March 17, 2021

Dear Friends in The Presbyterian Church in Canada,

Sunday by Sunday, the church proclaims the sure and certain hope that is ours in Jesus Christ—that goodness is stronger than evil, love is stronger than hate, and life is stronger than death. Yet even as we prepare to celebrate Christ’s victory over sin and death at Easter, we must acknowledge our own sin and turn our lives towards Jesus’ way of compassion and grace. I write to you in this Season of Lent, with a deep awareness of the brokenness and division within our denomination. My particular concern at this time is the growing sense of fear and betrayal among those who identify as lesbian, gay, bisexual, transgender, queer, and intersex (LGBTQI) in The Presbyterian Church in Canada.

Like others who follow the Revised Common Lectionary, I began this season by preaching about The Great Flood and God’s covenant promise to never again destroy humanity and the world. I spoke about the rainbow, of course, God’s own reminder of the promise and guarantee of God’s gracious faithfulness going forward. Although we will never be as good as God is at keeping promises, we must strive to do so. And perhaps, just as God used the rainbow as a reminder of God’s covenant, the church needs to be reminded of the promises that we have made to one another.

It was three years ago during the Season of Lent that the Moderator of the 2017 General Assembly, the Rev. Peter Bush, shared a Letter of Repentance for the church’s homophobia and hypocrisy. The letter was commissioned by the 2017 General Assembly as an interim response to these concerns, with the expectation that the Special Committee re: Listening (LGBTQI People) (Rainbow Communion) would bring recommendations to a future Assembly for concrete actions addressing these issues for implementation within the church.

With terms of reference set by the 2017 GA and revised by the 2018 GA, the Rainbow Communion implemented a listening process for LGBTQI people and others to tell their stories of harm done to them and/or God’s grace experienced in the church. Recognizing that the invitation to participate in the listening process could produce a high level of fear for LGBTQI people to tell their stories and reveal their identities, especially for those who are subject to the discipline of The Presbyterian Church in Canada, the 2018 General Assembly adopted the following recommendation:

“That those who are subject to the discipline of The Presbyterian Church in Canada who accepted the invitation to serve on the Special Committee re. Listening (LGBTQI People) or who accept the invitation to tell their stories…would have potential censure with respect to The Presbyterian Church in Canada’s stance on same-sex relationships suspended indefinitely in order to allow them to participate freely and honestly in the work of the special committee.” (A&P 2018, p. 29, 462.)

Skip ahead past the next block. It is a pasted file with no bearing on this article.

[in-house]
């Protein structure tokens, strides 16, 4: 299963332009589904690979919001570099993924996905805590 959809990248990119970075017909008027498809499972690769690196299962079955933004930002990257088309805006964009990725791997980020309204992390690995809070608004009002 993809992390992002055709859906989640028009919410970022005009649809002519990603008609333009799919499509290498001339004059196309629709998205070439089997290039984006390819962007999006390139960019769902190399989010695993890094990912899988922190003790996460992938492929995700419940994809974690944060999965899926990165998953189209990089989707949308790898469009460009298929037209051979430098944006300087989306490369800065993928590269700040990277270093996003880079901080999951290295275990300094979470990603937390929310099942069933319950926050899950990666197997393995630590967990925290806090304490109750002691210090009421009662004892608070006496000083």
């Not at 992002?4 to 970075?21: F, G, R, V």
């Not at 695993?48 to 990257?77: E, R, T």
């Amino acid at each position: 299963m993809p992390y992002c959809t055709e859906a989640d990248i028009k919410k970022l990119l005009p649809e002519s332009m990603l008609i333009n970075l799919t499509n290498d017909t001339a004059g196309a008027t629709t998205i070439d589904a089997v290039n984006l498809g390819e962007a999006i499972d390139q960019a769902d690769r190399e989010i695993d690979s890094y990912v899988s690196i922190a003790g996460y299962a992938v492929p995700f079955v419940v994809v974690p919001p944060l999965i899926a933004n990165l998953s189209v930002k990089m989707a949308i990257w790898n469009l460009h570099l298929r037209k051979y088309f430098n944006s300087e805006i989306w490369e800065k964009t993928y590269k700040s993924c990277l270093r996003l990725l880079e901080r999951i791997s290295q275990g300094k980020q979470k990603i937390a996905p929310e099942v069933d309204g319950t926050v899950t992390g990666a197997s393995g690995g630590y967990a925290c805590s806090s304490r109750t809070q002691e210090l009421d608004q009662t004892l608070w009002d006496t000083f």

Individuals who have served on the Listening Committee or shared their stories are given a Letter of Certification as an attestation of the decision of the 2018 General Assembly. Those who have made themselves vulnerable by sharing openly and honestly in the listening process have a certificate in their hand to remind them of the promise made to them by The Presbyterian Church in Canada. It is our responsibility, as the church, to remember and to keep that promise.

At the 2019 General Assembly, the Rainbow Communion’s interim report indicated that “as people have found the courage to tell their stories it has become clear that the need for rebuilding broken communities and relationships and to respond pastorally to those who have been harmed cannot wait for another year” (A&P 2019, p. 486). The 2019 Assembly then adopted a number of recommendations including an encouragement to the church to find ways to give public expression to the Letter of Repentance and a commitment to develop and gather resources for those who have been harmed by these issues (A&P 2019, p. 19, 46, 486).

The cancellation of the 2020 General Assembly due to COVID-19 has meant a delay in receiving the Final Report of the Rainbow Communion and further recommendations for concrete actions. It has undoubtedly been very difficult for those who continue to be personally impacted by hypocrisy, homophobia or harm directed towards LGBTQI people in the church as they wait even longer for the church to move our repentance from mere words in a letter to changes in the ways our communities welcome, care for, and receive the gifts of LGBTQI people. My fervent hope is that the 2021 Assembly will agree to address the important and urgent work of the church, including the Final Report of the Rainbow Communion.

Lent is a time for repentance. It begins with acknowledging our errors, as the Moderator’s Letter of Repentance began to do three years ago. It continues with listening for the Spirit’s guidance and turning in a new direction. I encourage the church to enact our repentance by giving public expression to the Letter of Repentance in our local contexts, by engaging with the resources being developed related to sexuality and inclusion in our church, and most urgently, by remembering and keeping the promise the church made to those who participated in the listening process.

As God has graciously kept covenant with us, may God give us the courage and compassion we need to keep our promises to one another.

Keeping Our Promises – A Pastoral Letter from the Moderator
—The Rev. Amanda Currie
Moderator of the General Assembly